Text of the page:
The Short List: The Week’s Recommended Shows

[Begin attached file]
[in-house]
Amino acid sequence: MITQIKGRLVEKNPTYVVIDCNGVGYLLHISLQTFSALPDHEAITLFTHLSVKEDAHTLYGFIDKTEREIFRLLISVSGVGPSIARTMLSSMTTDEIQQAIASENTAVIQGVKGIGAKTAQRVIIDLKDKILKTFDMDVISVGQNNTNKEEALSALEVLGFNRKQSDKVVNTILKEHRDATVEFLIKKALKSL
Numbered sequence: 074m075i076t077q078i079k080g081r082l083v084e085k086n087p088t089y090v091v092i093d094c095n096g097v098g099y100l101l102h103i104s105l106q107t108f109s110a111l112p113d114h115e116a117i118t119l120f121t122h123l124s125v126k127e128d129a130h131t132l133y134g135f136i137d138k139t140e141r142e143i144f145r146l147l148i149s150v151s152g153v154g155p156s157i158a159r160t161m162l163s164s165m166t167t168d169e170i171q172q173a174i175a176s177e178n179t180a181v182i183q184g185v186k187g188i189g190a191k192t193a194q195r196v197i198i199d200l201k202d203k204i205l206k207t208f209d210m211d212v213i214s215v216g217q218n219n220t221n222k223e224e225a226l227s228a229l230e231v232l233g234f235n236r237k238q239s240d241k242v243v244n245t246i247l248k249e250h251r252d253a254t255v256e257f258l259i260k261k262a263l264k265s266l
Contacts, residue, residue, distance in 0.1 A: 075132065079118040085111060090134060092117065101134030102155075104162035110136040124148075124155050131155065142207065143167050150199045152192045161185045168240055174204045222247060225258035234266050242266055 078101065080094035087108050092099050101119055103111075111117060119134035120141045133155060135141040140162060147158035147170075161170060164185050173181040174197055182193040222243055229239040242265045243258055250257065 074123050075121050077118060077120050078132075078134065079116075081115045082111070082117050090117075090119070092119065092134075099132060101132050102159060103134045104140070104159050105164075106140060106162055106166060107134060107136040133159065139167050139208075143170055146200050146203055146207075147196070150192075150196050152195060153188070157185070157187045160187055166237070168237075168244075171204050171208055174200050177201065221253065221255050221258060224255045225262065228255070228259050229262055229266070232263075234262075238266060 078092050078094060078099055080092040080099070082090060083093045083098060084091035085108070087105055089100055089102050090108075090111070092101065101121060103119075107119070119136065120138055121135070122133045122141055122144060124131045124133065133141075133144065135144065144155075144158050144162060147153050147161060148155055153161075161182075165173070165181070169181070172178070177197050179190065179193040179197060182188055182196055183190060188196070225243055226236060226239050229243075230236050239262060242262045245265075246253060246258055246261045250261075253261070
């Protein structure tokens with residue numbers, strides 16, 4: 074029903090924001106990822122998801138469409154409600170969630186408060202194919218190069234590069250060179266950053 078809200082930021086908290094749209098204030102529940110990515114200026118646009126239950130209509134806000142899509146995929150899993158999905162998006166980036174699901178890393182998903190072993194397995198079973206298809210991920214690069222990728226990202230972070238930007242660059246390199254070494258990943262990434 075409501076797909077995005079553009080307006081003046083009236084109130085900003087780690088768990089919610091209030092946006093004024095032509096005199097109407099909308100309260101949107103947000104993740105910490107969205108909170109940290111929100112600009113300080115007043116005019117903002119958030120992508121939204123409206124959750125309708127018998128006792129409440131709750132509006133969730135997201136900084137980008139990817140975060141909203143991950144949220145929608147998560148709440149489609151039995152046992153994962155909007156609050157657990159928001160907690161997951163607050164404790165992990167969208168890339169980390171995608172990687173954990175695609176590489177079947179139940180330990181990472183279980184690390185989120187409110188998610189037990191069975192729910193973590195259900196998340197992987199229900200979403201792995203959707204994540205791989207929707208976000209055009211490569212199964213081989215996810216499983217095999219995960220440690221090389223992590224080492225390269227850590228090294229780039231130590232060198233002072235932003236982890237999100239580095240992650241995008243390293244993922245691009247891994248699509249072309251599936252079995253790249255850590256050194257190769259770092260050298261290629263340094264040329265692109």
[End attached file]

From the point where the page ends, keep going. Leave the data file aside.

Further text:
Supersuckers ~ Thursday, September 10Proclaiming yourself the greatest rock-'n'-roll band in the world isn't quite as bad as elevating yourself above Jesus Christ, but man, that's still a lot of self-generated hype to live up to. It's a title the Supersuckers have been working toward for 20 years, after writing themselves into rock history with songs about the vices commonly associated with rock—sex, drugs, alcohol, and the devil. The 'Suckers have spent the greater part of this year touring Europe and South America in support of last year's well-received Get It Together, an LP that, as always, fuses Eddie Spaghetti's brawny and confident vocals, "Scottzilla" Churilla's relentless drumming, and "Rontrose" Heathman and Dan "Thunder" Bolton's sweet, sweet guitar solos and duels. And while this album's songs are somehow more earnest and grounded than their previous party music, it still has the grandstanding that's become the band's trademark (one of the tracks is titled "I'm a Fucking Genius"). All the Supersuckers ever wanted was to rock your pants off. Just let 'em. With Thee Emergency and the Cold Cold Ground. Neumos, 925 E. Pike St., 709-9467. 8 p.m. $13 adv. E. THOMPSONÓlöf Arnalds ~ Friday, September 11Blonde charmer Ólöf Arnalds got her start as a member of the experimental electronic and very Icelandic ensemble múm. Her debut solo album, Við og við, was produced by Sigur Rós' Kjartan Sveinsson, and introduced international audiences to her pretty, old-time lullabies. Arnalds was formally educated in violin and classical singing—and it shows. Her shimmering, operatic voice (think Joanna Newsom without the yowling) is rendered accessible by her quaint and folksy songs, often simply backed by Arnalds' finger-picking on mandolin or guitar. After spending the first part of the year playing shows in New York City with (natch) Björk and Blonde Redhead, Arnalds is venturing to the West Coast for the first time in support of her forthcoming LP, Ókídókí. With People Eating People. The Crocodile, 2200 Second Ave., 441-7416. 8 p.m. $10 adv. E. THOMPSONGov't Mule ~ Friday, September 11Gritty, soulful vocals, a heavy blues thump, loose, lanky funk, swirling psychedelia—that's Gov't Mule. Never a band interested in boxes, the Mule has made a career of doing things just a little bit differently. When Warren Haynes and Allen Woody (then the rhythm section for archetypal Southern rockers the Allman Brothers) joined with drummer Matt Abts, they married the genre-bending roots rock of their former project to the bluesier, psychedelic feel of '60s rockers like Hendrix and Clapton. This enabled Gov't Mule to add new layers of subtlety to the muscularity they'd been practicing. The new band's sound ran the gamut from dirt-floor boogie to mind-bending sonic freakouts, often within a single song. Since Woody's death in 2000, Gov't Mule has soldiered on, proving as stubborn as their namesake. Fortunately, a host of talented guest bassists, from Bootsy Collins to Victor Wooten, have helped that stubbornness pay off.The regular stream of new musical minds brought into the mix has pushed the Mule in surprising directions, bending their sound to encompass everything from reggae to African-inflected world-beat. With Carney. Showbox SoDo, 1700 First Ave. S., 382-7877. 8 p.m. $25 adv./$30 DOS. All ages. NICHOLAS HALLArtifakt Three-Year Anniversary ~ Saturday, September 12Dubstep is making a comeback, especially among older refugees from the drum-and-bass era. Like its forebear, dubstep creates big spaces in between big bass, and works against the 4/4 rhythms of disco-inspired house. Jock/producer 12th Planet is a quality practitioner of the sound, and sometimes works on the Flying Lotus tip, welding hip-hop lyrics to his nimble but brutal productions. It's not music for your soul so much as for your heart: You feel it physically rather than spiritually. Anyway, 12th Planet will make a good soundtrack for local arts (visual art and music) collective Artifakt's third-anniversary soiree. Despite certain economic troubles, the band of electronic music- and hip-hop-loving promoters and curators continues to bring quality jocks and artists to its shows, and for that, we salute you. Indeed, Artifakt's celebration features a force of other performers, including Antiserum and Whiskey Pete. Nectar, 412 N. 36th St., 632-2020. 9 p.m. $10 adv. KEVIN CAPPBishop/Corsano/Chasny Trio ~ Saturday, September 12This show should be about as good as it gets, folks. Guitarists Ben Chasny (aka Six Organs of Admittance), Sir Richard Bishop, and drummer Chris Corsano will be pulling on their improv pants to splatter our ears with sound. I've seen Corsano twice before, and I know the guy is capable of creating percussion textures as thick and luminous as Mark Rothko paintings and as wild and smeary as a Jackson Pollock. As guitarists, Chasny creates moods and scenes, while Bishop is more of a linguist. All three are disciplined musicians, which means this will be less a wank-off session and more a rich musical conversation. Sunset Tavern, 5433 Ballard Ave. N.W., 784-4880. 7 p.m. $7. BRIAN J. BARRHealth ~ Saturday, September 12Contrary to popular opinion, not all noise-based music is created equal. Sure, Los Angeles art-spaz quartet Health sounds—and looks—like it's having a collective seizure onstage, but the band also elevates chaos into a refined, almost symphonic art. And even while Health scrapes your face raw with blasts of funnel-cloud guitars and keyboards, the band's execution betrays the grace that ultimately makes it so exceptional. Don't make the mistake of pigeonholing Health with other, less imaginative purveyors of dance beats and Nintendo-core bleeps. Health does touch on those things, but the strength of its writing—the strength and uniqueness of its identity—refuses easy categorization. With Past Lives, Picture Plane, Pregnant. Vera Project, 305 Harrison St., 374-8372. 7:30 p.m. $11. All ages. SABY REYES-KULKARNIObituary ~ Saturday, September 12Every genre needs its AC/DC, its Ramones, its Slayer...bands whose refusal to evolve becomes an art unto itself. In death metal, though, not evolving hardly makes you exceptional. So there's got to be more to Obituary's enduring appeal than its staunch mission to stick closely to what it knows how to do well. Masters of walking the fine line between repetition and stagnation, Obituary still shows an intangible spark that few death-metal acts have managed to touch, let alone sustain. Their pre-eminence among death metal's first-wave Tampa elite would hardly constitute a reason alone to see them now, but their spirited playing still rises above the din of an exhausted genre. The band's white-trash ghoulishness has its charms, and vocalist John Tardy's unintelligible growl remains one of the most distinctive in the genre's history. With Goatwhore, Krisiun, the Berzerker, Warbringer, Gravenloch. El Corazon, 109 Eastlake Ave. E., 381-3094. 7 p.m. $25 adv./$28 DOS. All ages. SABY REYES-KULKARNISuper Geek League ~ Saturday, September 12Zany performance ensemble Super Geek League epitomizes the term spectacle. "Head geek" Floyd McFeely has assembled an 11-piece band specializing in thrash alternative rock that respectfully destroys each venue they perform in with psychedelic carnival antics and massive amounts of confetti, and which employs an arsenal of vocalists led by frontwoman Vy Agra, three guitarists, a sizeable horn section, and also gnomes. Expect screaming, lots of face paint, and a thumping cover of TI's "What You Know" in addition to songs off their newest release, A Magic Castle Land. If Slipknot and fairies ever procreated, Super Geek League would be their extended family. With Billy the Fridge, Jonny Sonic, and Dead Vampires; hosted by "the world's worst comic" Psycho. The Crocodile, 2200 Second Ave., 441-7416. 8 p.m. $10 adv. HOLLIS WONG-WEARAsteroid No. 4 ~ Monday, September 14Philadelphia's got a pretty stellar recent history of psychedelic rock, from the narcotic bombast of Bardo Pond to the heady drone-folk of Espers and Kurt Vile. Long-running Philly quintet Asteroid No. 4 is nestled right in between, offering up garage-y, shoegazery psych- and space-rock that sometimes twists in the air like smoke tendrils and other times packs a sweet wallop, like an ice-cream truck skidding into a telephone pole. Fans of Spiritualized, Black Rebel Motorcycle Club, and early Verve will find tons to love in the layers of craggy, reverbed guitars, the droopy-eyed vocals and harmonies, and the sterling arrangements that occasionally nod to old touchstones like the Velvet Underground and the Kinks ("Hold On" uses Traffic's "Dear Mr. Fantasy" as a melodic launching pad to blast into the stratosphere). Asteroid No. 4 has a knack for sheathing its atmospherics in classic pop structures, so you'll probably remember at least a few songs long after the trip is over. With the Morning After Girls, Black Nite Crash. Comet Tavern, 922 E. Pike St., 323-9853. 8 p.m. $6. MICHAEL ALAN GOLDBERGThe Entrance Band ~ Tuesday, September 15Guy Blakeslee's blues are like fever dreams. Seething and psychedelic, his blues are kin to the Skip James/Robert Johnson creepy blues. A long-haired hippie, Blakeslee (aka Entrance) is a white boy from Baltimore now based in Los Angeles. Don't hold this against him, because unlike most white-boy blues players, he doesn't bother trying to sound like an old black man. Instead, he sings like a man hallucinating; his moaning and wailing sounds as if it's echoing down twisting, endless hallways. It's less Southern boogie and more acid weirdness. Joined by a bassist and guitarist as the Entrance Band, Blakeslee still has the same old LSD blues, only now they're less claustrophobic and more bombastic and throbbing. With Amazing Baby. The Crocodile, 2200 Second Ave., 441-7416. 8 p.m. $12 adv. BRIAN J. BARRThe Foreign Exchange ~ Tuesday, September 15For those of us who hate categories but use them anyway (because they are, after all, necessary reference points/tools), the hip-hop/downtempo/jazz/electronica/R&B duo Foreign Exchange is a wonderful thing to have swimming around in the culture. Singer/rapper Phonte and his producer Nicolay set up shop on the edge of so many genres and subgenres. Their first full-length, 2004's Connected, while not slept on by some influential heads in the industry, nevertheless failed to propel the boys into a respectable realm of due (mainstream) recognition. And it doesn't appear their follow-up, Leave It All Behind, will do that either. But no matter: Phonte's soft yet intense voice (think Bilal with slightly less fire) and Nicolay's lush, warm arrangements make them two valuable currencies on the exchange. With YahZarah, Darien Brockington, Carlitta Durand, Zo! & the Els, the Physics, DJ Topspin. Nectar, 412 N. 36th St., 632-2020. 9 p.m. $15 adv. KEVIN CAPP